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Gristmill: Woe to the Warehouse

Wed, 04/07/2021 - 17:14
toolstop / Creative Commons

Maybe by now the labor regulators have got off the stick and counted the votes, but as of this writing, Tuesday morning, the push to organize the Amazon facility in Bessemer, Ala., still hangs in the balance. And never has something as anonymous and prosaic as a warehouse commanded such attention or generated so much, or any, suspense.

Nothing against the struggle for workers’ rights, but the warehouse as a functioning concept, always dizzyingly dull, has come in for reconsideration in light of Amazon’s exponential growth. Wither automation? Indeed, you may be surprised to find that there are any humans inside to organize in the first place. (“What I believe,” Steve Martin intoned in his old flag-draped standup routine. “People say I’m crazy for believing this, but I believe that robots are stealing my luggage.” And eating our lunch, one could add 40 years on.)

There’s even a new urgency surrounding the 21st-century American warehouse, what with the controversy over time-constrained and task-dogged Amazon workers urinating in bottles rather than searching out that rare and remote restroom over in the next building.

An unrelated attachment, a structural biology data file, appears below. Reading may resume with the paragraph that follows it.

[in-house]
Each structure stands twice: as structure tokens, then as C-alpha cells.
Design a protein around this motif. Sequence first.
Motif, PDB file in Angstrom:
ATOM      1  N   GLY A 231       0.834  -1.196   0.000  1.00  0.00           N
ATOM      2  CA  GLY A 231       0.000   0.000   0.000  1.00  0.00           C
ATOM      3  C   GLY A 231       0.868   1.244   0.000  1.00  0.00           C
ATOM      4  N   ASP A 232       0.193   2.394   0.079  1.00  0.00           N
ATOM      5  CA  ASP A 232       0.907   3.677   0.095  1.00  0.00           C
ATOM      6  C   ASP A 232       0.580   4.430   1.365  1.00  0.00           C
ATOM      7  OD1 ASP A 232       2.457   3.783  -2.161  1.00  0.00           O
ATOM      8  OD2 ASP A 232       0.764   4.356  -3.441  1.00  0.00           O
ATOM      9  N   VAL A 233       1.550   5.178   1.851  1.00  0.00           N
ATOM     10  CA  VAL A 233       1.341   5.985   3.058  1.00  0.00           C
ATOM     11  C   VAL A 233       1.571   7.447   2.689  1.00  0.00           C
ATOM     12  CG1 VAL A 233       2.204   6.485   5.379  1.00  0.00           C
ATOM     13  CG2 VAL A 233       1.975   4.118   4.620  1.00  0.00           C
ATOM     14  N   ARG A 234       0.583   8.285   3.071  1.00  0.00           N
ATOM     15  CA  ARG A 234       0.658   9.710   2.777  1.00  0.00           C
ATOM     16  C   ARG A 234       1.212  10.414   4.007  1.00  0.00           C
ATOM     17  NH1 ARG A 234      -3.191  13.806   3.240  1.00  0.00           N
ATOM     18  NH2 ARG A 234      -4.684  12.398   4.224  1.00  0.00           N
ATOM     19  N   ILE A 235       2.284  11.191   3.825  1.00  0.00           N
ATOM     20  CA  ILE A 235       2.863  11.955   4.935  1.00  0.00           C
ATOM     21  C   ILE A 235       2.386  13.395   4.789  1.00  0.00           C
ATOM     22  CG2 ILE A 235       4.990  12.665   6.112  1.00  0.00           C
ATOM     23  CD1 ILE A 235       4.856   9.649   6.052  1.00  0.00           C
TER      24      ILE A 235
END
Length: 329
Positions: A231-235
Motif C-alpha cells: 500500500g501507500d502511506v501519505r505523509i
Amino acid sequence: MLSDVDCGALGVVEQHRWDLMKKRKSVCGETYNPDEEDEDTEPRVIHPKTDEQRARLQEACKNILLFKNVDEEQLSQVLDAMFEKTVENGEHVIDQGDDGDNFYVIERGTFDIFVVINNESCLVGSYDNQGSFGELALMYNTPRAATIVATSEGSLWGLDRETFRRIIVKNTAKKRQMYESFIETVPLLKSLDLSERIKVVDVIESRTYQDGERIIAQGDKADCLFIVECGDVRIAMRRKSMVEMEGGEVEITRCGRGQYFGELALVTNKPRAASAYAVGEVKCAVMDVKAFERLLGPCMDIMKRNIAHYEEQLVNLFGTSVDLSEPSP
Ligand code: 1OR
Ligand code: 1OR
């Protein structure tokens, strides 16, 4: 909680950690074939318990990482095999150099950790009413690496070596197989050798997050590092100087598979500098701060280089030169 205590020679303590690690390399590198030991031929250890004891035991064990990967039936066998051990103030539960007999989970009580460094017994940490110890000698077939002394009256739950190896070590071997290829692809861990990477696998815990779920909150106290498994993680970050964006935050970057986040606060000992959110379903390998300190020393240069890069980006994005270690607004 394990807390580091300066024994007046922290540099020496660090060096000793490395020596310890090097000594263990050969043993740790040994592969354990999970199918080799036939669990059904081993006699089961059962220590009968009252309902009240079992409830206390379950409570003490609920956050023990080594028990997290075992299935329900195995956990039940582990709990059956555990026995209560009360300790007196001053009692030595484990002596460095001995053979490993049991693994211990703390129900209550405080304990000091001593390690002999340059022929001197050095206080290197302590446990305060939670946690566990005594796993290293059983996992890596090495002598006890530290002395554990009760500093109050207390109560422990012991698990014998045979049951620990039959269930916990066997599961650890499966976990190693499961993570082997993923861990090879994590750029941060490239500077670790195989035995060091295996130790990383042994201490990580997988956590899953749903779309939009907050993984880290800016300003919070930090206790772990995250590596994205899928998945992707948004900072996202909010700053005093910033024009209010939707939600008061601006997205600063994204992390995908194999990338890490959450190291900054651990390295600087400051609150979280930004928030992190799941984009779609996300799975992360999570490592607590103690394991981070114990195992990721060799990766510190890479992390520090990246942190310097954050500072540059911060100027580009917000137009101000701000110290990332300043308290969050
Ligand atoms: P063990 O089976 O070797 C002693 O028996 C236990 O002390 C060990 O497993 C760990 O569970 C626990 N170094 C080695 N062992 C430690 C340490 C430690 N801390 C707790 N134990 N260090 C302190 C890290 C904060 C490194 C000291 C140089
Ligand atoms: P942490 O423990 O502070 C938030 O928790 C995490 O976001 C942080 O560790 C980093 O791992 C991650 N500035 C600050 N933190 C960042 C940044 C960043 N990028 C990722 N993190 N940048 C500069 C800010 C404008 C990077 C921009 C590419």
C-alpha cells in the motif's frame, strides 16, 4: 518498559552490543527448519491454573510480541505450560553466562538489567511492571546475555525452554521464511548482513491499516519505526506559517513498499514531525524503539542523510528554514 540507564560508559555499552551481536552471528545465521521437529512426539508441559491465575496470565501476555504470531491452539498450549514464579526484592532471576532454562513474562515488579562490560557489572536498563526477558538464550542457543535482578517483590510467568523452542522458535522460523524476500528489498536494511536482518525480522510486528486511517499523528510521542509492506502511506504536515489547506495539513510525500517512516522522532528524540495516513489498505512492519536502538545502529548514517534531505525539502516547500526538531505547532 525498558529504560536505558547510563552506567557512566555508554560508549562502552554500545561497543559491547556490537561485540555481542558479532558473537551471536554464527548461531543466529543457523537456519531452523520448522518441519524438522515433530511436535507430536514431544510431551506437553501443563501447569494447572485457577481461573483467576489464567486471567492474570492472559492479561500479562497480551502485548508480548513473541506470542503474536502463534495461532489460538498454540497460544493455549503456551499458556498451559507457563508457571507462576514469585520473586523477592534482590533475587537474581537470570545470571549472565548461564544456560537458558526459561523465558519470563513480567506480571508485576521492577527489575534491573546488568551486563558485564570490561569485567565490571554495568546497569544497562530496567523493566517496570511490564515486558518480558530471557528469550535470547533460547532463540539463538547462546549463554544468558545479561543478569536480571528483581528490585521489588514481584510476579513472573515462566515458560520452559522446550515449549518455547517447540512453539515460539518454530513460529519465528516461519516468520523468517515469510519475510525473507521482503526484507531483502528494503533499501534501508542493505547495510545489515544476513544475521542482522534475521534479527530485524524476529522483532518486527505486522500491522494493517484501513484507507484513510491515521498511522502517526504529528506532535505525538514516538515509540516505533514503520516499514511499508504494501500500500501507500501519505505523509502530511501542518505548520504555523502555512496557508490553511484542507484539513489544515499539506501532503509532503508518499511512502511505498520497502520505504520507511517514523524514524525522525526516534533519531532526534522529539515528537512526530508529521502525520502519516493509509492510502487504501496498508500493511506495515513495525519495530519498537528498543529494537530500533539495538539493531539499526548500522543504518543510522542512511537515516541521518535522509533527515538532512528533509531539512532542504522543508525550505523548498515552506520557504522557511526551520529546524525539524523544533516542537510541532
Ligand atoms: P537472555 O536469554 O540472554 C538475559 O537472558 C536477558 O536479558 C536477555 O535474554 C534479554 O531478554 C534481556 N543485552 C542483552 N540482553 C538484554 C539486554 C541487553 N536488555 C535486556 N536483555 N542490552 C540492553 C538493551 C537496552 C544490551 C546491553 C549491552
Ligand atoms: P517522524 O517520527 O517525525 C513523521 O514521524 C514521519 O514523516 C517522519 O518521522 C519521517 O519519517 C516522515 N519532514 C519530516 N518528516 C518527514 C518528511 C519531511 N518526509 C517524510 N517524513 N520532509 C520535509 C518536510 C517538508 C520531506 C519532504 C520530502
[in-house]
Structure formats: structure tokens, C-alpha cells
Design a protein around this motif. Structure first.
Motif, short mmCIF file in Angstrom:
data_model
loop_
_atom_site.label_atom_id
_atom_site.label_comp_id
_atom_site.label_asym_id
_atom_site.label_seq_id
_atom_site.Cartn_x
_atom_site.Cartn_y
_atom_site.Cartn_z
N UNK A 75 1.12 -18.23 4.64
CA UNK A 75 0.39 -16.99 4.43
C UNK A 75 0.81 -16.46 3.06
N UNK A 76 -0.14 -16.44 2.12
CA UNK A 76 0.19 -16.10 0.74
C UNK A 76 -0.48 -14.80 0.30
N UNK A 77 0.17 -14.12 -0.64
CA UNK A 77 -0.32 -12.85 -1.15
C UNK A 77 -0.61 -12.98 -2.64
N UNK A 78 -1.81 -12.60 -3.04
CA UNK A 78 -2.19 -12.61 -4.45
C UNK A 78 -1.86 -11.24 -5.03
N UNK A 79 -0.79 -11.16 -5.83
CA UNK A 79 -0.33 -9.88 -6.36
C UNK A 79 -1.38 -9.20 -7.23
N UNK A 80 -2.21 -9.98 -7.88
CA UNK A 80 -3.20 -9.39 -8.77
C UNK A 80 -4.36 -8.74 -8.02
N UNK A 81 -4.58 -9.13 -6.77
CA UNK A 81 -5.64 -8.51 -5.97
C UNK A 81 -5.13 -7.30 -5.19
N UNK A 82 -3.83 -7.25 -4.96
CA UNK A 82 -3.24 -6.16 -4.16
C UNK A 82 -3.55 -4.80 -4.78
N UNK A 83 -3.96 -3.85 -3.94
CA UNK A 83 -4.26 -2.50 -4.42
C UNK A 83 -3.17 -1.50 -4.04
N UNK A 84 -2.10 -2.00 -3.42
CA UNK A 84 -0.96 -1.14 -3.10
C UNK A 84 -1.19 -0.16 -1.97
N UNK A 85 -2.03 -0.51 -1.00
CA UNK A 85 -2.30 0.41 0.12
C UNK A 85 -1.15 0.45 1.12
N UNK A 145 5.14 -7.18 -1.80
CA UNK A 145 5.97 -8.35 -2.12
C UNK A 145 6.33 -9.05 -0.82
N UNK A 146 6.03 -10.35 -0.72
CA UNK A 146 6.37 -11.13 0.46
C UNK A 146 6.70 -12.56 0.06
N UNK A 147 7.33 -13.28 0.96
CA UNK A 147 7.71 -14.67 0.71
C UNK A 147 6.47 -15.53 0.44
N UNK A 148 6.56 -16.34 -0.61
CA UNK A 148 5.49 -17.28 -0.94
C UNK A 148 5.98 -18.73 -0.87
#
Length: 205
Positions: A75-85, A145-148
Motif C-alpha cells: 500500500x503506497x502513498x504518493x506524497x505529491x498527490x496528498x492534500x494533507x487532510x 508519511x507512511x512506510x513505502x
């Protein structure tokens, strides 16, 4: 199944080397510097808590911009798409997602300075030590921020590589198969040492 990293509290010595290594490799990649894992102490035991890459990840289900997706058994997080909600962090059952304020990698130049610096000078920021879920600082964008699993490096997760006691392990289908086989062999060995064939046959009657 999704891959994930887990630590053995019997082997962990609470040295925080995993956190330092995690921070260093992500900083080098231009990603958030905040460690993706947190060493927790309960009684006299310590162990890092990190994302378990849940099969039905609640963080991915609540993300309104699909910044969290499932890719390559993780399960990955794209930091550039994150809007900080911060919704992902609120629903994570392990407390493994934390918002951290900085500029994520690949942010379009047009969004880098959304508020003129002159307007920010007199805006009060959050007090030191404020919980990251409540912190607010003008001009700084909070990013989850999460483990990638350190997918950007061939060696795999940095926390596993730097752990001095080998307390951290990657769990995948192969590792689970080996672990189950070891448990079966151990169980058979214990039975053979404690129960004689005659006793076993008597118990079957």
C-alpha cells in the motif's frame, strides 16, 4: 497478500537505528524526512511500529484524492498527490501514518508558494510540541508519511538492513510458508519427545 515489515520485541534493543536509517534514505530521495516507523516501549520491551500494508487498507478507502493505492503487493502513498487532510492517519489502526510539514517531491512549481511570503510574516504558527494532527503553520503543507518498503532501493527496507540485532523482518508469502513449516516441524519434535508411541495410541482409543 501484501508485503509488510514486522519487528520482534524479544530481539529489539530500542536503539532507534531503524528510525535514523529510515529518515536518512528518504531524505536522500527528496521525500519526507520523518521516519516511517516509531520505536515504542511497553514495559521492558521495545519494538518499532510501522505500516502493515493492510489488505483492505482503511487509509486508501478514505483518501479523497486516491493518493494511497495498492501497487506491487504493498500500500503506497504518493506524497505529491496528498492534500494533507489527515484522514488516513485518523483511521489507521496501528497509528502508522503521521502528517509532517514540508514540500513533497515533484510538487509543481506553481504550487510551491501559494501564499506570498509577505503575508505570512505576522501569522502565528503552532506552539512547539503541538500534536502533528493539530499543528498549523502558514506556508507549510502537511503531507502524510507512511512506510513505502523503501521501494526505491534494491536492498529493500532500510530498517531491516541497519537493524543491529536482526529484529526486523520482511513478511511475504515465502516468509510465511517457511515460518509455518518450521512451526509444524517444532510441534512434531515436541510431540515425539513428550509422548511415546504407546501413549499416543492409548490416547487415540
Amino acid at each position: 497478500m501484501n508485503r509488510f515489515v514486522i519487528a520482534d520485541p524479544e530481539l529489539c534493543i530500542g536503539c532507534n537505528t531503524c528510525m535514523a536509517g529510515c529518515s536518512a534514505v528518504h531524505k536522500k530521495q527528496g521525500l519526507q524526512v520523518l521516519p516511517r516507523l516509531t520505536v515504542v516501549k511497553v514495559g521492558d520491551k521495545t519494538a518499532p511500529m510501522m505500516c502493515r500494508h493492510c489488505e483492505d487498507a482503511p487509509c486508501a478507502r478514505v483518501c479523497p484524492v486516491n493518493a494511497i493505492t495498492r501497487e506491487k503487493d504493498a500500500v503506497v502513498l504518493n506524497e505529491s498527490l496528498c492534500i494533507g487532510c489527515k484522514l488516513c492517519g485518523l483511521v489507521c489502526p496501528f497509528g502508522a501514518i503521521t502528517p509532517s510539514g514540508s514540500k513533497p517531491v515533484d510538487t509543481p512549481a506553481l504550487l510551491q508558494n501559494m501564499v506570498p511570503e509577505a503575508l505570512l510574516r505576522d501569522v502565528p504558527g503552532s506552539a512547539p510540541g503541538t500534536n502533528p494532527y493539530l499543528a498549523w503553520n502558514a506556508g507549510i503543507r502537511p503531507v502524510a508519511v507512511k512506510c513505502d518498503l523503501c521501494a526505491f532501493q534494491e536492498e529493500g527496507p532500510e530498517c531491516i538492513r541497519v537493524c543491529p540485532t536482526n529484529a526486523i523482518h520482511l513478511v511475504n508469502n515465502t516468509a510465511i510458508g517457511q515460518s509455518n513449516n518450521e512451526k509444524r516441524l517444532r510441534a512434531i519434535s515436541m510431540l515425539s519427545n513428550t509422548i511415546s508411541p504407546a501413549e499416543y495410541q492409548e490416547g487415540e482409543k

Problem easily solved, by the way, with mass dissemination of a certain model of portable camping urinal — plastic, red, sealable with a white cap, and, with its rounded reservoir base and tubular shaft, as phallic as the most alert shmoo from Al Capp’s “Li’l Abner” comic strip.

Not to make light. Like many, your faithful correspondent has his own warehouse work history, a curious experience in that while it no doubt delivered a drubbing courtesy of sheer repetition, it was at the same time highly suited to aimless young men living for weed and live music, and who’d yet to learn to care for much else.

That was in the clothing industry in Boston, and thus undemanding. Several years later, one summer after college, there came hard time in a Best Buy shipping center outside Minneapolis, where the electronics came hot and heavy — literally heavy — down the conveyor belts, to be dumbly hefted into the backs of tractor-trailers. There the unionization effort (speaking of) could be traced on the walls of the dingy john (also speaking of), as the working stiffs’ pleas for rescue by the Teamsters were furiously blacked out by management as quickly as they were scrawled.

Me, I achieved a slightly more muscular upper body after straining with all those cardboard boxes, as my girlfriend at the time noted with pleasure, but other than that it was a terrible place.

Stay the course, you Bessemer holdouts. Time to win something back for the little guy.

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